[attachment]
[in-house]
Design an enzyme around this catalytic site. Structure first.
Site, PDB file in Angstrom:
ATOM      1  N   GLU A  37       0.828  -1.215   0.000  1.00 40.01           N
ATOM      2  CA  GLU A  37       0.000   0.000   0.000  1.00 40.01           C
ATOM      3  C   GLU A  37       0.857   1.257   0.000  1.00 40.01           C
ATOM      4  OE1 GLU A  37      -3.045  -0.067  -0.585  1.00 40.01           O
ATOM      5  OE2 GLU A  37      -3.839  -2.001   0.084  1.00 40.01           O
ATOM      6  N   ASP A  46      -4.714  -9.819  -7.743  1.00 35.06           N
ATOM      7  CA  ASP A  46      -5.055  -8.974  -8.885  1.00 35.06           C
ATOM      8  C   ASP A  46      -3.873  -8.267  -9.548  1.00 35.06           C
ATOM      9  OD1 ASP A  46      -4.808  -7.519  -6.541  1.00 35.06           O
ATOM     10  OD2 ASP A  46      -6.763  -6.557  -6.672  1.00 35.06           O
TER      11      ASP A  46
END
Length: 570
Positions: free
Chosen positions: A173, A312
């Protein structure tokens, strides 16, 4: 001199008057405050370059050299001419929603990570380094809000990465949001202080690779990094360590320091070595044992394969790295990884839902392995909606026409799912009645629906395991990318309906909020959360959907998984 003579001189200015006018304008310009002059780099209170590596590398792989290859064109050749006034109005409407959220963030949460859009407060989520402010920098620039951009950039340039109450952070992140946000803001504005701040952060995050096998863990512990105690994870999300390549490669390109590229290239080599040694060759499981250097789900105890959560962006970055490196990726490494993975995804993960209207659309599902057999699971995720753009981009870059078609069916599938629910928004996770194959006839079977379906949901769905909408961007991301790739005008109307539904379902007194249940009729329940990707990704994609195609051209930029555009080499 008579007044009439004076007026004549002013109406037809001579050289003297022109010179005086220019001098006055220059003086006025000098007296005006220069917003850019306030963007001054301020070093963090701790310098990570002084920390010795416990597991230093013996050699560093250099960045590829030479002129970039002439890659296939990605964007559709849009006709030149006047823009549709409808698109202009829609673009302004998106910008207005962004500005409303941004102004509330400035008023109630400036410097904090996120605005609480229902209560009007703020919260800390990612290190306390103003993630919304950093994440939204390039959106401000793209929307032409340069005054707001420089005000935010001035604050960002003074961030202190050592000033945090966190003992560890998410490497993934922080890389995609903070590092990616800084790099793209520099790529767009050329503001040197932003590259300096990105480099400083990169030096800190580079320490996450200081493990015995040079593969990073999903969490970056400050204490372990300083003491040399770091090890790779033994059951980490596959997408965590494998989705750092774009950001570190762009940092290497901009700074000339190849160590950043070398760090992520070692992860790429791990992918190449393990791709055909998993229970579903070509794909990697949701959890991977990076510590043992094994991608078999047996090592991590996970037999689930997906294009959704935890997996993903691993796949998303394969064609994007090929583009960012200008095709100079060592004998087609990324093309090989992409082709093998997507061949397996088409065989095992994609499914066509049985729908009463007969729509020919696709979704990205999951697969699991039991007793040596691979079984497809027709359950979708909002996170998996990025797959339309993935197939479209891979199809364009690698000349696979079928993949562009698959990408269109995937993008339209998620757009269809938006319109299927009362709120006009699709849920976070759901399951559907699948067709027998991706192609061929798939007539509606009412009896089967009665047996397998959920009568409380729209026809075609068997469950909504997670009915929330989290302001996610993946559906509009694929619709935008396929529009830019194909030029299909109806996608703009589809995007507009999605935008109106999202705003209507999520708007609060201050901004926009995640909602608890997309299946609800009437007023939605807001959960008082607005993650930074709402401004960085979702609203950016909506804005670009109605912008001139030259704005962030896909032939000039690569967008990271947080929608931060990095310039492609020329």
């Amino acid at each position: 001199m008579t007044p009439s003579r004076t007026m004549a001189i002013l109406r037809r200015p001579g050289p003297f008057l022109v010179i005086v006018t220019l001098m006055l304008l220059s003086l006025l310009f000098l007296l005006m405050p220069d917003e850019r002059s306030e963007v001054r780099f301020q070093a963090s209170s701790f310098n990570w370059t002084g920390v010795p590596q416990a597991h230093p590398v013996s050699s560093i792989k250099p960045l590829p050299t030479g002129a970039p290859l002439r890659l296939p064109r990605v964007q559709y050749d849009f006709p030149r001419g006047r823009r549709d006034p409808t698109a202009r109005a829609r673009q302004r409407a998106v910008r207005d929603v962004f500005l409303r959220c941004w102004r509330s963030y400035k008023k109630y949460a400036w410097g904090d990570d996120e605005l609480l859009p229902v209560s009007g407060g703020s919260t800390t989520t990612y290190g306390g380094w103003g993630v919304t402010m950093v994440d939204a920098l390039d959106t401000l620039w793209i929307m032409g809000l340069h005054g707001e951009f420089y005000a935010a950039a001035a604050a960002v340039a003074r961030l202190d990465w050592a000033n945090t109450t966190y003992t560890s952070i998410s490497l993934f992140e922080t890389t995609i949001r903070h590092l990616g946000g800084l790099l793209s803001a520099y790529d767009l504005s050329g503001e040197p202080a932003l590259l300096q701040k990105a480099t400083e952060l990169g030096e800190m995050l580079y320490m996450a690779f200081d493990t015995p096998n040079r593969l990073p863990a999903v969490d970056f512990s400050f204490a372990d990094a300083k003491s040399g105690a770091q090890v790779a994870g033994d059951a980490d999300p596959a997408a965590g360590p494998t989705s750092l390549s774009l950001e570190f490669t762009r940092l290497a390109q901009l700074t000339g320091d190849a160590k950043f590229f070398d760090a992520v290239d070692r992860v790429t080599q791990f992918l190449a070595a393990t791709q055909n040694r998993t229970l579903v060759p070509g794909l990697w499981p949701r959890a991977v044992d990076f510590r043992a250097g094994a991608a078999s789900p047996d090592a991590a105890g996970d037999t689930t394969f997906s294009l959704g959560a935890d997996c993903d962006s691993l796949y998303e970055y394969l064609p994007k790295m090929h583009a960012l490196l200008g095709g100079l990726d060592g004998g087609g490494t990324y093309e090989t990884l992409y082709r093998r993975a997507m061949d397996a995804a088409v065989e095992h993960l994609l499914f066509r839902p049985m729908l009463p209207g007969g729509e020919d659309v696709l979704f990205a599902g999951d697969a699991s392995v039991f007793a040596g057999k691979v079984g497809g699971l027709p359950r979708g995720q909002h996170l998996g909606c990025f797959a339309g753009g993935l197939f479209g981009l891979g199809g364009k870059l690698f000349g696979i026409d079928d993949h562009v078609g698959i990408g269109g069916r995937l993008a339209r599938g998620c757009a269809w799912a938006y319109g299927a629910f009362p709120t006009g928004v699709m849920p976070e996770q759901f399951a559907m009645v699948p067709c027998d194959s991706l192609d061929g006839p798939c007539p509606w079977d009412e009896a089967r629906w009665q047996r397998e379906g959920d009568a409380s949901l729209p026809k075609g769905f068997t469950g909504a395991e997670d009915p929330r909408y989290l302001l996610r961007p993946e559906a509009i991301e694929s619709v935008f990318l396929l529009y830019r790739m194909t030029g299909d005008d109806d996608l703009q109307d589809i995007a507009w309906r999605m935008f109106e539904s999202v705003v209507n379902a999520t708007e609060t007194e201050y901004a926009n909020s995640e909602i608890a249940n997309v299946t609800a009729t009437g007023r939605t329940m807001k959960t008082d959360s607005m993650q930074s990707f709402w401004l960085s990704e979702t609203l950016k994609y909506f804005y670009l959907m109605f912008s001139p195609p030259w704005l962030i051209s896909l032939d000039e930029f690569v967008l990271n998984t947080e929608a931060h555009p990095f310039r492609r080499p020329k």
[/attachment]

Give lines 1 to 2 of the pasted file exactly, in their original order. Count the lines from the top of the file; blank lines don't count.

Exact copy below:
[in-house]
Design an enzyme around this catalytic site. Structure first.